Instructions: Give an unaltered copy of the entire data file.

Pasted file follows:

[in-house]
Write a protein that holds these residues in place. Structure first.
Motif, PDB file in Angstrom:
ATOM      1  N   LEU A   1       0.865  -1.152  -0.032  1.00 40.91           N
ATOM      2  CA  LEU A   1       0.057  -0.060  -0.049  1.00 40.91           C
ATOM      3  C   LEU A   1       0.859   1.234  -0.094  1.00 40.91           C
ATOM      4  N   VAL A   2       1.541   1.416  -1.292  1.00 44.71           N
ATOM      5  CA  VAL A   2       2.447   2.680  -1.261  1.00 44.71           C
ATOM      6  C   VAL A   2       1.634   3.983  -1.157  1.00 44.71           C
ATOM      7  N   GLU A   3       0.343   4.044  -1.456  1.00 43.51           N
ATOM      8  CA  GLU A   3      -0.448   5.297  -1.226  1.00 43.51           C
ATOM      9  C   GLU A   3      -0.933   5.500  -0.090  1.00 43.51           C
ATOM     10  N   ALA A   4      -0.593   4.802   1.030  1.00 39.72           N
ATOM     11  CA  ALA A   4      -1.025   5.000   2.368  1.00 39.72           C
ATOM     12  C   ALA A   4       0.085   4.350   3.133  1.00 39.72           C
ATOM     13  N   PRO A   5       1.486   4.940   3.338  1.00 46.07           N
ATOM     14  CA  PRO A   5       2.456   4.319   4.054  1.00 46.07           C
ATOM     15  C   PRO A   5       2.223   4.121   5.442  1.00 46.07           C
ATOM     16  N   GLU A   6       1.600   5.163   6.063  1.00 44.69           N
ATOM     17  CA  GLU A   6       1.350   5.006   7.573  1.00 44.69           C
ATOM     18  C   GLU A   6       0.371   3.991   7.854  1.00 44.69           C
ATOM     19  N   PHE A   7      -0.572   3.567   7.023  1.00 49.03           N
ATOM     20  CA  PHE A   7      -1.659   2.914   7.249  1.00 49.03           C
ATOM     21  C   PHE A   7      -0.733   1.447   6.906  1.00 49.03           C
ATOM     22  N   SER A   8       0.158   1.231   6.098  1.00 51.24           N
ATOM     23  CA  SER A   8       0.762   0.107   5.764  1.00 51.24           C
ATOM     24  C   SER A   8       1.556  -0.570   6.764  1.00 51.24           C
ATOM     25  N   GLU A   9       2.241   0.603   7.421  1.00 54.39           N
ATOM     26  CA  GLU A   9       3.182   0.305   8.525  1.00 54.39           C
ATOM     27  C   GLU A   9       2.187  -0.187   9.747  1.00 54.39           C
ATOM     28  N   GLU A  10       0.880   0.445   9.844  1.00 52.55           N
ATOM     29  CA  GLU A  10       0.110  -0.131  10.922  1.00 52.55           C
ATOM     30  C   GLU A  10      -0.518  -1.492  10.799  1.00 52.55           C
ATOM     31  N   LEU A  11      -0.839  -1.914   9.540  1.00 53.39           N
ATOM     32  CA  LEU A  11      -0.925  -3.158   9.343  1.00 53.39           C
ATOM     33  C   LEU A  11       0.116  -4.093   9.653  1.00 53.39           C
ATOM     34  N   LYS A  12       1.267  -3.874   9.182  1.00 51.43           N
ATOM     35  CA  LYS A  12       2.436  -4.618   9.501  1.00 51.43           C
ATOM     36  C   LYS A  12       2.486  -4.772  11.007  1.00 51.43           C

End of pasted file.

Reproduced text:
[in-house]
Write a protein that holds these residues in place. Structure first.
Motif, PDB file in Angstrom:
ATOM      1  N   LEU A   1       0.865  -1.152  -0.032  1.00 40.91           N
ATOM      2  CA  LEU A   1       0.057  -0.060  -0.049  1.00 40.91           C
ATOM      3  C   LEU A   1       0.859   1.234  -0.094  1.00 40.91           C
ATOM      4  N   VAL A   2       1.541   1.416  -1.292  1.00 44.71           N
ATOM      5  CA  VAL A   2       2.447   2.680  -1.261  1.00 44.71           C
ATOM      6  C   VAL A   2       1.634   3.983  -1.157  1.00 44.71           C
ATOM      7  N   GLU A   3       0.343   4.044  -1.456  1.00 43.51           N
ATOM      8  CA  GLU A   3      -0.448   5.297  -1.226  1.00 43.51           C
ATOM      9  C   GLU A   3      -0.933   5.500  -0.090  1.00 43.51           C
ATOM     10  N   ALA A   4      -0.593   4.802   1.030  1.00 39.72           N
ATOM     11  CA  ALA A   4      -1.025   5.000   2.368  1.00 39.72           C
ATOM     12  C   ALA A   4       0.085   4.350   3.133  1.00 39.72           C
ATOM     13  N   PRO A   5       1.486   4.940   3.338  1.00 46.07           N
ATOM     14  CA  PRO A   5       2.456   4.319   4.054  1.00 46.07           C
ATOM     15  C   PRO A   5       2.223   4.121   5.442  1.00 46.07           C
ATOM     16  N   GLU A   6       1.600   5.163   6.063  1.00 44.69           N
ATOM     17  CA  GLU A   6       1.350   5.006   7.573  1.00 44.69           C
ATOM     18  C   GLU A   6       0.371   3.991   7.854  1.00 44.69           C
ATOM     19  N   PHE A   7      -0.572   3.567   7.023  1.00 49.03           N
ATOM     20  CA  PHE A   7      -1.659   2.914   7.249  1.00 49.03           C
ATOM     21  C   PHE A   7      -0.733   1.447   6.906  1.00 49.03           C
ATOM     22  N   SER A   8       0.158   1.231   6.098  1.00 51.24           N
ATOM     23  CA  SER A   8       0.762   0.107   5.764  1.00 51.24           C
ATOM     24  C   SER A   8       1.556  -0.570   6.764  1.00 51.24           C
ATOM     25  N   GLU A   9       2.241   0.603   7.421  1.00 54.39           N
ATOM     26  CA  GLU A   9       3.182   0.305   8.525  1.00 54.39           C
ATOM     27  C   GLU A   9       2.187  -0.187   9.747  1.00 54.39           C
ATOM     28  N   GLU A  10       0.880   0.445   9.844  1.00 52.55           N
ATOM     29  CA  GLU A  10       0.110  -0.131  10.922  1.00 52.55           C
ATOM     30  C   GLU A  10      -0.518  -1.492  10.799  1.00 52.55           C
ATOM     31  N   LEU A  11      -0.839  -1.914   9.540  1.00 53.39           N
ATOM     32  CA  LEU A  11      -0.925  -3.158   9.343  1.00 53.39           C
ATOM     33  C   LEU A  11       0.116  -4.093   9.653  1.00 53.39           C
ATOM     34  N   LYS A  12       1.267  -3.874   9.182  1.00 51.43           N
ATOM     35  CA  LYS A  12       2.436  -4.618   9.501  1.00 51.43           C
ATOM     36  C   LYS A  12       2.486  -4.772  11.007  1.00 51.43           C